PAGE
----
Check the documentation of the module MPlayer based image and video input/output for a list of these functions and classes.

QVision application development tools

Signal processing tasks are common in computer vision and scientific computing. Characteristic processing structures appear in these algorithms, where the data flows through a pipeline of several stages from the input of the application to the output (graphical, user interface, to disk, etc...).

An example is the well known Canny edge detector. The following graph depicts the processing stages it performs, from the input images, to the resulting borders detected at them:


Square elements in the graph represent data processing blocks. Round elements represent data or parameter input/output in the data path. The arrows are directed data links, which connect stages that produce certain data with the stages that process it.

The QVision provides a design tool to help in the creation of these structures, and to exploit their computational and algorithmic advantages. Data processing blocks are modeled as objects that share data through links between them.

Some of the advantages of using this block design for application creation are the following:

  • The QVision offers several ready-to-use blocks for image/video input, image processing. The developer can use these blocks along with new ones to rapidly and easily create complex applications.
  • The QVision exploits the inherent parallelism of these data-paths with multi-core architectures. The programmer can assign the processing of each block on the data-path to a different thread. Also, he or she can optionally establish synchronization policies between linked blocks.
  • It is generally easier to develop complex robust and correct applications by re-using well tested components (in this case, blocks) from other applications, or the QVision itself, and programming the remaining functionality in logically independent data processing blocks.
  • Creating advanced applications can be as simple as: creating some block processing objects, and establishing the data links between them. For example, the following is the full source-code of an application that (1) applies the Harris corner detector to the image frames of a video sequence, (2) can read the frames from any kind of video source, using the MPlayer as a back-end application, and (3) displays the output image and the detected features in an image window full of useful functionality, such as zooming, region selection, and so on:
            #include <QVApplication>
            #include <QVMPlayerReaderBlock>
            #include <QVDefaultGUI>
            #include <QVImageCanvas>
            #include <QVHarrisPointDetector>
            int main(int argc, char *argv[])
                    QVApplication app(argc, argv,
                            "Example program for QVision library. Obtains several features from input video frames."
                    QVMPlayerReaderBlock videoReader("Video reader");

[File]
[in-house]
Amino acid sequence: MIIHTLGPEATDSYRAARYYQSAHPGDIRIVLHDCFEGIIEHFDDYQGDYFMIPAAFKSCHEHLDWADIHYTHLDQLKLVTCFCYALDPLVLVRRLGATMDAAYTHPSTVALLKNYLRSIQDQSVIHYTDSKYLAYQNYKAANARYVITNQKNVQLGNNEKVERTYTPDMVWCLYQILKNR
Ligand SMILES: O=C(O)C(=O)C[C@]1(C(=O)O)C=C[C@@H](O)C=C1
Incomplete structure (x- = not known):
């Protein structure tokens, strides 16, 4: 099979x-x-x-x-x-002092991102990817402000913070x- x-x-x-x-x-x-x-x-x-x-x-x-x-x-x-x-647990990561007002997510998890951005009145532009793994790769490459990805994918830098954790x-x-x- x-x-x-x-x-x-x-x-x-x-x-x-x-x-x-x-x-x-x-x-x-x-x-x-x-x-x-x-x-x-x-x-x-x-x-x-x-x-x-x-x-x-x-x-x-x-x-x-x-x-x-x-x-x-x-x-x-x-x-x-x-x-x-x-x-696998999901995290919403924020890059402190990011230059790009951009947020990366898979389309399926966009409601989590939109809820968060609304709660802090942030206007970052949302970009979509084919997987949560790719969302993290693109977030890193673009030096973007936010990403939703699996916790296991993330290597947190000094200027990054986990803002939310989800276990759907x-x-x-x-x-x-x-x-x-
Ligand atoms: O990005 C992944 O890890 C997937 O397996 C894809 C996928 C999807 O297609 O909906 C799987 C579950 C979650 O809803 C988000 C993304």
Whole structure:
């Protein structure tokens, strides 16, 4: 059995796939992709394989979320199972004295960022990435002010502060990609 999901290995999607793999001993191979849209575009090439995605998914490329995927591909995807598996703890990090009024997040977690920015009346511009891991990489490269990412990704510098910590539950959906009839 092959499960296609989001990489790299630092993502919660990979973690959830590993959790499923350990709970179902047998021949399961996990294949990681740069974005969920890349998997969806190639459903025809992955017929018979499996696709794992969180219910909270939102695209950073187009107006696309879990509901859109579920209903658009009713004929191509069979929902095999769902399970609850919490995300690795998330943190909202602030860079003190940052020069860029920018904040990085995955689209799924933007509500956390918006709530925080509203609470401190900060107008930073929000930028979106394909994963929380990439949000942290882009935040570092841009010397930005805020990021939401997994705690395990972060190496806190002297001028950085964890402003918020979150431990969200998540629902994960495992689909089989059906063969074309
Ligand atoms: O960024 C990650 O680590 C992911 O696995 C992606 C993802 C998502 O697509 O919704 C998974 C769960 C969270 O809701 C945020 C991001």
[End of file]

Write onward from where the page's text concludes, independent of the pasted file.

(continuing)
QVHarrisPointDetector harrisBlock("Harris Block");
                    QVDefaultGUI interface;
                    QVImageCanvas cornersCanvas("Harris corners displayer");
                    videoReader.linkProperty(&harrisBlock,"Input image");
                    harrisBlock.linkProperty("Feature locations", cornersCanvas);
                    return app.exec();

Besides these advantages, the library contains graphical widgets to inspect and modify the behavior and structure of these processing data-paths at execution time. The following is a snapshot of a typical QVision application, built using some of the block inspector widgets provided by the library:


With these widgets the user of the application can stop, resume and execute step by step the processing of each input image frame. The user can also modify the parameters and behavior of the algorithms implemented in the application at execution time, which is specially interesting when tuning threshold variables, or designing new algorithms. Also, some of these widgets can inspect the performance and outputs of the intermediate and final blocks in the data-path, such as the resulting images, features detected, and so on.

The QVision can be used to create augmented reality applications:


You can check the class QVImageCanvas for further info about this.

The QVision also provides a special tool, named the Designer. With this tool, the developer can inspect and modify the structure of the data-path at execution time, making easy to perform rapid application development. The Designer displays a slate window, where the user can view the data-path structure, and, add or delete nodes and data links between them while the application is still running. An example of this slate window is the following:


For further info about the Designer, check the section The Designer GUI. Section Creating the first block-oriented application of the manual starts with the basics of block programming. Further sections extend the details and functionality of this approach to QVision application development.

QVision framework. PARP research group. Copyright © 2007, 2008, 2009, 2010, 2011.